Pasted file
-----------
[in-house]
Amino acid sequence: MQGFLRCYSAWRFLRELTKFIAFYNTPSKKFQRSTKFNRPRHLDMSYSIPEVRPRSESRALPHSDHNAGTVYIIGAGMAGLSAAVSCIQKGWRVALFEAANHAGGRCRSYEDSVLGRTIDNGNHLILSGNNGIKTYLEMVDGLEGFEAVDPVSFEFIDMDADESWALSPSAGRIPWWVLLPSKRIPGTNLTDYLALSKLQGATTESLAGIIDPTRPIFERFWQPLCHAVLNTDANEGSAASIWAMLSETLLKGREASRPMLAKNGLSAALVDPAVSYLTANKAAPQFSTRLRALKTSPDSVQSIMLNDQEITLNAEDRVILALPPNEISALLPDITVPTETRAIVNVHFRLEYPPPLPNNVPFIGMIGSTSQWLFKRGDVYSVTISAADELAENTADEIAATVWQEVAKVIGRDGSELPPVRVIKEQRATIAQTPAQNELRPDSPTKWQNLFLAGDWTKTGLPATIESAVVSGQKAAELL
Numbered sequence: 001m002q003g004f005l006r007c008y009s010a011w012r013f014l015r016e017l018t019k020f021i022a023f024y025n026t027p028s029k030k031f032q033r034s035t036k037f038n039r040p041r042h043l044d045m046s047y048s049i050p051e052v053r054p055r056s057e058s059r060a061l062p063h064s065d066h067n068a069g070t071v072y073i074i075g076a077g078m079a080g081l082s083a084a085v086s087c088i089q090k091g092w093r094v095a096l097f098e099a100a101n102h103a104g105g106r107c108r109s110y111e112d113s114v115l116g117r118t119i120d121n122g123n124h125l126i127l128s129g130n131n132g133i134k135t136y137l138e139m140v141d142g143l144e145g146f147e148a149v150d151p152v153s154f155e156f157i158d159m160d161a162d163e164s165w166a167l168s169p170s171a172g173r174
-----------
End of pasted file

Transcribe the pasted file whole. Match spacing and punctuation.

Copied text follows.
[in-house]
Amino acid sequence: MQGFLRCYSAWRFLRELTKFIAFYNTPSKKFQRSTKFNRPRHLDMSYSIPEVRPRSESRALPHSDHNAGTVYIIGAGMAGLSAAVSCIQKGWRVALFEAANHAGGRCRSYEDSVLGRTIDNGNHLILSGNNGIKTYLEMVDGLEGFEAVDPVSFEFIDMDADESWALSPSAGRIPWWVLLPSKRIPGTNLTDYLALSKLQGATTESLAGIIDPTRPIFERFWQPLCHAVLNTDANEGSAASIWAMLSETLLKGREASRPMLAKNGLSAALVDPAVSYLTANKAAPQFSTRLRALKTSPDSVQSIMLNDQEITLNAEDRVILALPPNEISALLPDITVPTETRAIVNVHFRLEYPPPLPNNVPFIGMIGSTSQWLFKRGDVYSVTISAADELAENTADEIAATVWQEVAKVIGRDGSELPPVRVIKEQRATIAQTPAQNELRPDSPTKWQNLFLAGDWTKTGLPATIESAVVSGQKAAELL
Numbered sequence: 001m002q003g004f005l006r007c008y009s010a011w012r013f014l015r016e017l018t019k020f021i022a023f024y025n026t027p028s029k030k031f032q033r034s035t036k037f038n039r040p041r042h043l044d045m046s047y048s049i050p051e052v053r054p055r056s057e058s059r060a061l062p063h064s065d066h067n068a069g070t071v072y073i074i075g076a077g078m079a080g081l082s083a084a085v086s087c088i089q090k091g092w093r094v095a096l097f098e099a100a101n102h103a104g105g106r107c108r109s110y111e112d113s114v115l116g117r118t119i120d121n122g123n124h125l126i127l128s129g130n131n132g133i134k135t136y137l138e139m140v141d142g143l144e145g146f147e148a149v150d151p152v153s154f155e156f157i158d159m160d161a162d163e164s165w166a167l168s169p170s171a172g173r174